Sanur is a favourite destination for those looking for a tranquil and relaxing getaway. This idyllic and charming seaside town is located on the eastern side of the island, only 15 minutes away from Denpasar, Bali’s capital city and 25 minutes away from the airport and from Kuta beach. In the early days, Sanur is home to the island’s first beach resorts, hotels and retreats.
Today, you’ll find a pleasant mix of restaurants, bars, spas and shops lining its streets, lending the town a delightful, eclectic mix that pleases every wanderer and traveller. Despite all this, Sanur maintains its laid-back ambience and remains pleasingly quiet; a refreshing opposite of bustling Kuta and holds a more traditional Balinese ambience to the modern tourist enclave Nusa Dua.
Derived from the words “saha” and “nuhur”, which means having a passion to visit a certain place, Sanur represents an important moment in Balinese history – the first Dutch troops set food on the island on the beaches of Sanur back in 1906. Sanur is also the site of the first Dutch-Balinese war where thousands of brave Balinese defended their lands from encroaching colonialism. This war is later known as Puputan Badung; a heroic historical event that holds so much significance to all Balinese today.
A proud centre for the arts and culture, Sanur remains very much under the radar when it compared to the more popular Ubud. Le Mayeur, a famous Belgium artist, made his home in Sanur in the 1930s. He fell in love with the people and the abundance of nature, which inspired him to create hundreds of paintings. Sanur was also the home of the infamous painter and illustrator, Donald Friend, who was also known as Tuan Raksasa or Lord Devil Donald.
By the 1960s, Sanur was the “in” place where Walter Spies, Sophia Loren and even some royalty frolicked in luxurious privacy as they enjoyed their stay in paradise. Even Mick Jagger and his former wife Jerry Hall made Sanur their second home. They stayed at Tandjung Sari Hotel where they were united in a traditional Hindu Balinese wedding ceremony in 1990.
The former fishing town has a well-deserved reputation for magic. In the ’70s, there were ongoing wars between the shamans of Sanur and of the Kamasan village in the Klungkung regency. It is said that many people witnessed strange occurrences during this time such as red lights darting above houses and other unexplainable phenomena.
Today, Sanur retains its laid-back atmosphere with a few positive changes. Thankfully, there are no more signs of “black magic”, however, nature’s magic still retains, much to the relief of many. Many new restaurants have also opened up, offering a wide variety of both Western and Indonesian cuisines. Trendy restaurants such as Spice by Chris Salans and Ryoshi are situated on the main road, Jl. Danau Tamblingan, which runs through central Sanur. There are also many of charming cafes, warungs and restaurants on the beach or down side streets. If you are looking for a more authentic culinary experience, then you should definitely check out Warung Mak Beng, a favorite among locals since 1941.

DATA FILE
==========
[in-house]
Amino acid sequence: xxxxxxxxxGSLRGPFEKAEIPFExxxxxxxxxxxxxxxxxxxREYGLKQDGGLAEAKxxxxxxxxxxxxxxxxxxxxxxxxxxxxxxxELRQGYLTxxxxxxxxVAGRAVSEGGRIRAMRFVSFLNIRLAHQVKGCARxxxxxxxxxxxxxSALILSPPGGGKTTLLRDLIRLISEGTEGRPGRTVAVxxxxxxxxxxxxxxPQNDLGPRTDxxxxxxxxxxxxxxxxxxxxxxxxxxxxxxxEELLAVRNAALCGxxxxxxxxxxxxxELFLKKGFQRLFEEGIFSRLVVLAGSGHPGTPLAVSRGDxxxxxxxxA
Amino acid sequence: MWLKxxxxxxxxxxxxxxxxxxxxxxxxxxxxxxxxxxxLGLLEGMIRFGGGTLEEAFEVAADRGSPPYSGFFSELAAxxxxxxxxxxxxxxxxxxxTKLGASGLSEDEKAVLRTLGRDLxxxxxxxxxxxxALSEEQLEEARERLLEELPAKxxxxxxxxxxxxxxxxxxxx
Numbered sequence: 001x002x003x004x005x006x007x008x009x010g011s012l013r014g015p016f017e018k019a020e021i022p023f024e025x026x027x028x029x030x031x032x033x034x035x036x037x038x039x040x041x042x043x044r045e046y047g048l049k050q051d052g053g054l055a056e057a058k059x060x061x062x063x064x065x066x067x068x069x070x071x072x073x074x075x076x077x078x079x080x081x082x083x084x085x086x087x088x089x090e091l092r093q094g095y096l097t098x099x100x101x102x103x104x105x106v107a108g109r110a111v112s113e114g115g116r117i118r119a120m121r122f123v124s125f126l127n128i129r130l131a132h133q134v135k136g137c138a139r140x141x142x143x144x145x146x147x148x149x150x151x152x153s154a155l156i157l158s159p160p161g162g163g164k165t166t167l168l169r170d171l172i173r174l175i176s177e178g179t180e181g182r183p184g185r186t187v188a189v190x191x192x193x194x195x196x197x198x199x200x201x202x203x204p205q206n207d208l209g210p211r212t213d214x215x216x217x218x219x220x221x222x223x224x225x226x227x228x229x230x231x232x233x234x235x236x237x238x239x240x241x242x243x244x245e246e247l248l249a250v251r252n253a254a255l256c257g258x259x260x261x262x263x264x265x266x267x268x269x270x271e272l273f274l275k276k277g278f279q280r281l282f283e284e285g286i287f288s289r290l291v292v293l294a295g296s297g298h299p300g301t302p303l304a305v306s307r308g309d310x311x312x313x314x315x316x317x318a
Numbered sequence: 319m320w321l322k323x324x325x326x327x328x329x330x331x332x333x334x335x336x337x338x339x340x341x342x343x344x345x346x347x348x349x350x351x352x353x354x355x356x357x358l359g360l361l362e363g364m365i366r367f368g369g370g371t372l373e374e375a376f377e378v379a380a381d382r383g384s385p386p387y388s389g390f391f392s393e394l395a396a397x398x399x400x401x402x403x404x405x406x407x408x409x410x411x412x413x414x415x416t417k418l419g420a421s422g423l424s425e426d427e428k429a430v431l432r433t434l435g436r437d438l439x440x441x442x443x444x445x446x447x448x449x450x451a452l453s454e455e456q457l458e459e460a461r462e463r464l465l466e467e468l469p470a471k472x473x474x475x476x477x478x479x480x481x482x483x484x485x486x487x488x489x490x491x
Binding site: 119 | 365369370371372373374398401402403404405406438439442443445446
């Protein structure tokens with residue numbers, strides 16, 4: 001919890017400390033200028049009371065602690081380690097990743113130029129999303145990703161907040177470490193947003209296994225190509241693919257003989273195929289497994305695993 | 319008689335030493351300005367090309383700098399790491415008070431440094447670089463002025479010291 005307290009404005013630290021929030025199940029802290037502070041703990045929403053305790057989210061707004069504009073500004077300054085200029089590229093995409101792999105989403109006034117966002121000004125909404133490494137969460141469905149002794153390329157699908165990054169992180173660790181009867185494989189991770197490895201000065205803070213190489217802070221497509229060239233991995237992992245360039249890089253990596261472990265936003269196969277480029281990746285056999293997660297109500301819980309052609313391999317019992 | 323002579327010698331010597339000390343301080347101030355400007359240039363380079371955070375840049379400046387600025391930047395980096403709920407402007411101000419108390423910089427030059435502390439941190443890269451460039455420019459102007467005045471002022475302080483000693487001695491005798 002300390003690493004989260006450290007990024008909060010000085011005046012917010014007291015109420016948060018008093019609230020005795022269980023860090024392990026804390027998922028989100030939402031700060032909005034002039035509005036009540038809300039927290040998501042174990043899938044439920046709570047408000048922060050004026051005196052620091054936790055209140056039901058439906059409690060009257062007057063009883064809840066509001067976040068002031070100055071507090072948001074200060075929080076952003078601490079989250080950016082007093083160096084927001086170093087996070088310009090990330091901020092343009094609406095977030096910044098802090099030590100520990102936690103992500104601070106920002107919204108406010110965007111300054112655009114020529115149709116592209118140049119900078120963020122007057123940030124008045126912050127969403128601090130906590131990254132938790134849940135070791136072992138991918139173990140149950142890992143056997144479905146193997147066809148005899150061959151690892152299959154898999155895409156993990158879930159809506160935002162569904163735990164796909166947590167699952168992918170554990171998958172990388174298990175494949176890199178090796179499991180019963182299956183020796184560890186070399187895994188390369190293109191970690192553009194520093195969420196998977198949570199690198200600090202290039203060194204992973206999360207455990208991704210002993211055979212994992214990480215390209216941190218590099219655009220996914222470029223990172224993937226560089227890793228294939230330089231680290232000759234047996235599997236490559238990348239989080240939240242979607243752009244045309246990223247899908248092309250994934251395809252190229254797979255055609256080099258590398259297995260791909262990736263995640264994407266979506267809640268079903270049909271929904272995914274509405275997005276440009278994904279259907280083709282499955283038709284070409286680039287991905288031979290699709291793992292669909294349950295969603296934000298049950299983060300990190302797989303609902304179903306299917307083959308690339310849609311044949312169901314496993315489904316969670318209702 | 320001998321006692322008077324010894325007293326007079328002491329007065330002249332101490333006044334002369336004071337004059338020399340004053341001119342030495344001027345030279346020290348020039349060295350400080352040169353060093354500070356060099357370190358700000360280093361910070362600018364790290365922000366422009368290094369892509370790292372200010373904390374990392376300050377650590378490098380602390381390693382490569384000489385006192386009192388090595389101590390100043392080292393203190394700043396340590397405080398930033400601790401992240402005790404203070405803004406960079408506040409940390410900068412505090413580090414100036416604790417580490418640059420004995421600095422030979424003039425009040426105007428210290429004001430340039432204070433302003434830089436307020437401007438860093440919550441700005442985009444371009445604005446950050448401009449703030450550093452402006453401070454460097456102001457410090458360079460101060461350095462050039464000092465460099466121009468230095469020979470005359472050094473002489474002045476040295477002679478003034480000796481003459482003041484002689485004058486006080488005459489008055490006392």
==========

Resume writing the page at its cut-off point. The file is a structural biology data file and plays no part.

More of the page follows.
The beaches of Sanur are perhaps the best feature of this quaint village. They span from as far north as Padang Galak Beach, with its expansive stretch of black sand, and down south to Mertasari Beach. Several beaches lie in between, and all blend together seamlessly with an attractive boardwalk that spans the tract from Sanur to Mertasari. Visitors can take leisurely walks or cycle stress-free because no motorbikes are allowed here. There are also several small gazebos built on the jetties for visitors.
Thanks to reefs and break waters, which are today popular for tourists’ shots and Instagram spots, the waters along its coastline remains calm and gentle, perfect for small children and water sports like snorkeling, swimming, paddle boarding, parasailing and even a diving trip to Nusa Penida, where they can view all kinds of beautiful tropical fish and colorful coral. Surfers could venture out beyond the break waters to enjoy a thrilling ride on Bali’s famous surfs.
For those seeking more laid-back, enjoyable and relaxing activities and who prefer to experience a bit of the “old” Bali, try renting a jukung — a traditional wooden boat decorated with multi-colored paint. These boats are customarily used for fishing in the seas, but local boat owners often supplement their income by taking tourists out to the reef for snorkeling or sightseeing. Yes, there are hawkers here too, but they don’t hassle visitors as much as they do on other beaches, and escaping them is easy enough with a smile.
Major events not to be missed here are the annual Sanur Village Festival (SVF), usually held in August featuring cultural performances, sports, culinary events and other fun activities; and the Sanur Kite Festival, a major provincial highlight that takes place annually between July and October at the start of the windy season.
Domestic and international tourists are invited to enjoy the festivals, as well as all the other treasures that Sanur has to offer. With its myriad of authentic uniqueness mixed together with the charm of old Bali, Sanur is truly worth a few visits.
Getting There & Around
Sanur can be reached in about 15 minutes by car from the Ngurah Rai International Airport. Of course this depends on traffic. There are taxis, or if you are staying at a hotel, take the shuttle. Those feeling adventurous can rent a motorbike for the day. Sanur area is quiet and calm, thus biking or walking is the best way to explore the area.